- Every day the news brings us more reminders of disaster and tragedy in the world. How are we supposed to praise God in the midst of such misery?
- We know that David’s life was no picnic, and it is unlikely that any other psalm writer had a life of never-ending ease. How did this writer motivate all that praise?
- When I am in the midst of deep pain myself, does God even expect me to praise him?
- The book of Revelation describes myriads and myriads of angels and people praising God for eternity. Is that what this writer means? Is that something I should actually look forward to? Is that all heaven is?
O give thanks to the Lord, for he is good;
for his steadfast love endures forever.
Let the redeemed of the Lord say so,
those he redeemed from trouble
and gathered in from the lands,
from the east and from the west,
from the north and from the south.
Some went down to the sea in ships,
doing business on the mighty waters;
they saw the deeds of the Lord,
his wondrous works in the deep.
For he commanded and raised the stormy wind,
which lifted up the waves of the sea.
They mounted up to heaven, they went down to the depths;
their courage melted away in their calamity;
they reeled and staggered like drunkards,
and were at their wits’ end.
Then they cried to the Lord in their trouble,
and he brought them out from their distress;
he made the storm be still,
and the waves of the sea were hushed.
Then they were glad because they had quiet,
and he brought them to their desired haven.
Let them thank the Lord for his steadfast love,
for his wonderful works to humankind.
Let them extol him in the congregation of the people,
and praise him in the assembly of the elders.
Psalm 107:1-3, 23-32
If you read Psalm 107 closely, you will see over and over that it evokes thanksgiving and gratitude despite recording numerous examples of terrible experiences. The storm at sea that is the focus of the selection above is only one example of an experience some people might question as a time for thanksgiving.
He took bread; and giving thanks to God in the presence of all, he broke it and began to eat. Acts 27:35
This verse records how the apostle Paul, in the midst of a storm at sea much like the one described in Psalm 107, is able to be calm and grateful for God’s provision. The storm has been in progress for 14 days, and the sailors have feared they would either founder and sink in the depths of the sea, or else run aground and be broken on the rocks with all souls lost. Paul, who trusts God with his life completely, is reassured by the Holy Spirit that he and all the people with him on the ship, will not fail to arrive in Rome as planned. It is Paul’s destiny to serve God by testifying to his faith in Rome, and all those who are part of his destiny are likewise destined to be saved from the storm. In that context—faith, hope and trust in God’s steadfast love—Paul can give thanks for simple bread, simple food, the simple preservation of life in the midst of chaos.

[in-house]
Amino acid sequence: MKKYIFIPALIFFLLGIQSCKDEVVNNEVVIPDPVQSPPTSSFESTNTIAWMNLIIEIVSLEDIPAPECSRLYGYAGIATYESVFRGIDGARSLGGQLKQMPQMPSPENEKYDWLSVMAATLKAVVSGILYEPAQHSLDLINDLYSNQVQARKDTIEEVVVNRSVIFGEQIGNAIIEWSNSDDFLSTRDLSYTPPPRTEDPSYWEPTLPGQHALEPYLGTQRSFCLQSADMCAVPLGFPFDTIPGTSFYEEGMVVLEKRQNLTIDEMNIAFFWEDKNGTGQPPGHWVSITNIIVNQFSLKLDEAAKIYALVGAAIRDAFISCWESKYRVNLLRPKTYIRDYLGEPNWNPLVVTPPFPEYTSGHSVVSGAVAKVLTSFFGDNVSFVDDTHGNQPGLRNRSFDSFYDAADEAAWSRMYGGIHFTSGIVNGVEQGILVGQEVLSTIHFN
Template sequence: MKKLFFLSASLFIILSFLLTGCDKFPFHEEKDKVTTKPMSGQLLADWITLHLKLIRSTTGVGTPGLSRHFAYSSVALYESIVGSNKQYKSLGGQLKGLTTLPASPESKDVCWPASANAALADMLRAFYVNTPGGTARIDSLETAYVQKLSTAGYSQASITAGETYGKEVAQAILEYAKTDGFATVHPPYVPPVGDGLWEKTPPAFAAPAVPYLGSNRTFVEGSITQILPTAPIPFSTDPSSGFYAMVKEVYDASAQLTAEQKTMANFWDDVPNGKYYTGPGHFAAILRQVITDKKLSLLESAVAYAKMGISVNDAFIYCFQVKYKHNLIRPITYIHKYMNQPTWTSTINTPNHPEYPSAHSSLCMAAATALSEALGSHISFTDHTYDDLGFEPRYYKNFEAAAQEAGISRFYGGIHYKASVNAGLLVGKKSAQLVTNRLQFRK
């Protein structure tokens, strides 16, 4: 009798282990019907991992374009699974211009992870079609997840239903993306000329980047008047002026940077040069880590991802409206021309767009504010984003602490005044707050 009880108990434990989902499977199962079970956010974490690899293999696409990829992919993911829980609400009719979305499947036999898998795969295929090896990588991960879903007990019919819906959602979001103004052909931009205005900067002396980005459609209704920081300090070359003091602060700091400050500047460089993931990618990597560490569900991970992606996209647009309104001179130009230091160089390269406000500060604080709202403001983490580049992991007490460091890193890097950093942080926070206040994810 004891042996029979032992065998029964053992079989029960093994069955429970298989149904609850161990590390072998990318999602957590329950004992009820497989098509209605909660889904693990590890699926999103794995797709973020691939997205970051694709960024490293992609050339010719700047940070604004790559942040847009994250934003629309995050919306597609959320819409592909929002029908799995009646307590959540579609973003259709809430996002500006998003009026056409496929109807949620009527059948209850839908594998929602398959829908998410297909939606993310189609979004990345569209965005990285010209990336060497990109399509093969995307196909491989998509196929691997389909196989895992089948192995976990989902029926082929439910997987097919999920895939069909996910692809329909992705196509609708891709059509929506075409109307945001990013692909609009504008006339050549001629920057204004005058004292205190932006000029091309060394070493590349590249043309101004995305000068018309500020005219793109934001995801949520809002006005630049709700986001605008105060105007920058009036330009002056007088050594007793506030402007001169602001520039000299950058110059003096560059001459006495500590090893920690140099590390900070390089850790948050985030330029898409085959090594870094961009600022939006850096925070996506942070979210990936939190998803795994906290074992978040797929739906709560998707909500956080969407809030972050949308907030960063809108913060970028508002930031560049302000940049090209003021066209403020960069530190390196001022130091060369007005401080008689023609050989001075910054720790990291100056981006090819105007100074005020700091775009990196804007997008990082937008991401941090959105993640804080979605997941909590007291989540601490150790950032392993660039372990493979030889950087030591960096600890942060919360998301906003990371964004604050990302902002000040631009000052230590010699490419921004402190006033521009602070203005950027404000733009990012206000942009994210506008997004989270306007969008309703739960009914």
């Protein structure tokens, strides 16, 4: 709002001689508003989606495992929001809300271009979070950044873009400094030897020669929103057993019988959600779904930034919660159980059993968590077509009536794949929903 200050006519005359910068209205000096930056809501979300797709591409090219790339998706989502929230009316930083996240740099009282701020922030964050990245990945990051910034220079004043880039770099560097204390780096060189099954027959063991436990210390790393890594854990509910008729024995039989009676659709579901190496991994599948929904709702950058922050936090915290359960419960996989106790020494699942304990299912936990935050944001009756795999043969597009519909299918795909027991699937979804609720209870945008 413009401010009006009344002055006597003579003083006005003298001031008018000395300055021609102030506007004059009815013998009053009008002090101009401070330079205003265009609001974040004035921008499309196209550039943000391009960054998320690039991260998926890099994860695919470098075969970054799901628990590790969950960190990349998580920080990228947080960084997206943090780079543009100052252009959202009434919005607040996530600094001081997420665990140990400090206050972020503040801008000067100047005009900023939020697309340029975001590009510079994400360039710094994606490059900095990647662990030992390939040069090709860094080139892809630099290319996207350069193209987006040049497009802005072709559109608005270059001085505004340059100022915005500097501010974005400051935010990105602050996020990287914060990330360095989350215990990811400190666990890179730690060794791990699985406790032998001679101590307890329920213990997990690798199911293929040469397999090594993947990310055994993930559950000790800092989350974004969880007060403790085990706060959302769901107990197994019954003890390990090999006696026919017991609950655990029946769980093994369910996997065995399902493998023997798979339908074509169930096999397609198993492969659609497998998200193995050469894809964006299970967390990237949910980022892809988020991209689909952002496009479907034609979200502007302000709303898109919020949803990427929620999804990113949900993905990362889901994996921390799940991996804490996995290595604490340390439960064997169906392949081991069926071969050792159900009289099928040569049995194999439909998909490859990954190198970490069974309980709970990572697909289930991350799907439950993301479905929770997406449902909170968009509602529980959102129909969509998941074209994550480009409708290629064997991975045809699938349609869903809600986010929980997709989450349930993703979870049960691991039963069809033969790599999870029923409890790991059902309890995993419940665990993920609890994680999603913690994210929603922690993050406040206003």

Paul had “mounted up to heaven,” and gone “down to the depths” in the storm, just as the psalmist described. We who live in a world where most of the moving forces are beyond our control know what it is like. We can be making money hand over fist in a 401k fund, planning for a comfortable, even exciting, retirement, only to see a black day in the market wipe out everything. The fury of that tempest doesn’t hurt just one person; it hurts many. We go up to the heavens in our rejoicing and expectation, only to crash down to the depths when everything falls apart.
In that setting, who among us could still give thanks for a simple piece of bread? Do we thank God for his steadfast love that will carry us through to the future we can no longer imagine, all its props having been swept away in the storm? Can we feel grateful for life itself, and for God’s presence with us despite all the turmoil, in the midst of the mess that is left of the hopes we once had for our future? Do we think about the fact that nothing is beyond God’s control only to doubt his wisdom and his love for us because he did not prevent this disaster, this catastrophe, this perfect storm?
Yet Paul could do it. What makes him any different from me? How is he a better person than I? Is he really better just because we call him an apostle, or did he bleed when he was cut just like the rest of us? How could he be thankful for bread when it looked as if the storm would never end and when it looked as if the ship could not possibly survive to whatever end might come?
Yet that is what Paul did. He gave thanks for bread. Mere bread. Do you think he remembered Christ’s sacrifice for him as he gave thanks for bread that would be simple food for people who had not dared to eat for fourteen days?